It is technically illegal for illegal immigrants to claim Medicaid, but as the Health and Human Services Inspector General found, "Forty-seven states allow self-declaration of U.S. citizenship for Medicaid, and over half of those do not verify the accuracy of these claims as part of their post-eligibility quality-control activities." The barn doors are wide open! Families without a word of English boldly declare themselves U.S. citizens and nobody checks! When states don't use the tools available to them, it is more the states' fault than those abusing the system.
Many of my liberal friends like to think of themselves as citizens of the world who dislike borders, and indeed we all realize we live in a more interdependent, interconnected world. But "to govern is to choose," and if everyone is my brother and sister, then nobody will ever get covered by the social programs liberals compassionately seek. I have been fighting all my life for universal health care, but we can't have "the best health-care system in the world" combined with Swiss cheese borders. Social and redistributive programs require borders. It is fine to think of yourself as a citizen of the world, but we solve most problems in a national context and therefore we owe a greater moral duty to our fellow Americans than we do to noncitizens. Liberals must defend borders or they will lose all the social programs that they care about! No social program can survive without geographic limits and defined beneficiaries.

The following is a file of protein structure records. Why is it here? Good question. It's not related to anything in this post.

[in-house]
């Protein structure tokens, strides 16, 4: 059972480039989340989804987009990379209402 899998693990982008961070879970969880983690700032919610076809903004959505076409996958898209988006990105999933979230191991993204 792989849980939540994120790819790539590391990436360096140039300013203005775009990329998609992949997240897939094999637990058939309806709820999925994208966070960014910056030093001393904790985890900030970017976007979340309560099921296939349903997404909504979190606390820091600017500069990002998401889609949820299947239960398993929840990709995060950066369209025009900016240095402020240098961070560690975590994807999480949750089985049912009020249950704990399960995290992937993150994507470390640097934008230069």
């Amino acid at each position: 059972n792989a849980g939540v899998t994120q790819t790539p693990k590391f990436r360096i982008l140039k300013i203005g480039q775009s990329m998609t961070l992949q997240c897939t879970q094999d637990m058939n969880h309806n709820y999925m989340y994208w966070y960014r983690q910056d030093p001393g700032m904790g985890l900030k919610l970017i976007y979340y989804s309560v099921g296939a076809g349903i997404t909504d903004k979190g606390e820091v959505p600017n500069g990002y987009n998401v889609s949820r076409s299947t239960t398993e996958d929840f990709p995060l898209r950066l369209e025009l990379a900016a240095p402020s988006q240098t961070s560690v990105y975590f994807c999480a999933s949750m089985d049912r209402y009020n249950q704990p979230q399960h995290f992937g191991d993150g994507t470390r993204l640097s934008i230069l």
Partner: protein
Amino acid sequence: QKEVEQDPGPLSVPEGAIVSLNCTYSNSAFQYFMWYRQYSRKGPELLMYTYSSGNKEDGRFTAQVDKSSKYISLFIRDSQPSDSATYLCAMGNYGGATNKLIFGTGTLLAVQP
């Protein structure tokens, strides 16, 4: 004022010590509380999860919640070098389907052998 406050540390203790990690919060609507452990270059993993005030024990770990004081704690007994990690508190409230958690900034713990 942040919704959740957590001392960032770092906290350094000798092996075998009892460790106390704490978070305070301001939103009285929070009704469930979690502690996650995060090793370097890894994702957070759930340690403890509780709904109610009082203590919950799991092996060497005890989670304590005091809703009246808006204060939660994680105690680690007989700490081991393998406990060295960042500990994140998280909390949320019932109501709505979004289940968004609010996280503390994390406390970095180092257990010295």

We often hear that 46 million Americans are without health insurance, but this figure is likely overestimated because it includes over 10 million illegal immigrants. Most of the estimated 12 to 15 million people living illegally in America do not have health insurance. More and more hospitals are going broke because of the constant stream of uninsured, particularly in our border states. The Census Bureau estimates that 11.6 million people in immigrant households are without health insurance. Not all immigrants are illegal; nevertheless, our experience here in Colorado indicates a substantial majority is not legally in the country. The problem is much like when the gods condemned Sisyphus to ceaselessly roll a rock to the top of a mountain, and the stone would fall back of its own weight. It is not unlike when you expand education funding or Medicaid and give extra state aid to impacted hospitals, but the problems grow faster than the solution. We use the State Children's Health Insurance Program (SCHIP) to cover uninsured children, but a new flood of immigrant children without health insurance quickly overcomes our gains. The Center for Immigration Studies has estimated that for a recent five-year period, immigrants and their children accounted for 59 percent (2.7 million people) of the growth of the uninsured.
Ironically, the price of compassion is restriction. The only way we can help America's poor is to develop programs that are not constantly diluted by the rest of the world's 6 billion, no matter how sympathetic we are to their plight.
Illegal Immigration and the Environment
The environmental community stands mute on the subject of illegal immigration. I was president in the late 1960s of the First National Congress on Population and the Environment, and later of Zero Population Growth (currently known as Population Connection). It was taken for granted at the time that the size of both world population and U.S. population was an environmental issue. We had a formula, I=PAT, that approached dogma at the time: Impact equals Population times Affluence times Technology. Total environmental impact can be gauged by looking at the average individual impact on the environment (compounded or mitigated by technology) multiplied by the number of people. There was little argument among environmentalists or even civic leaders on this point. Yet the President's Commission on Population Growth and the America Future (1970) found: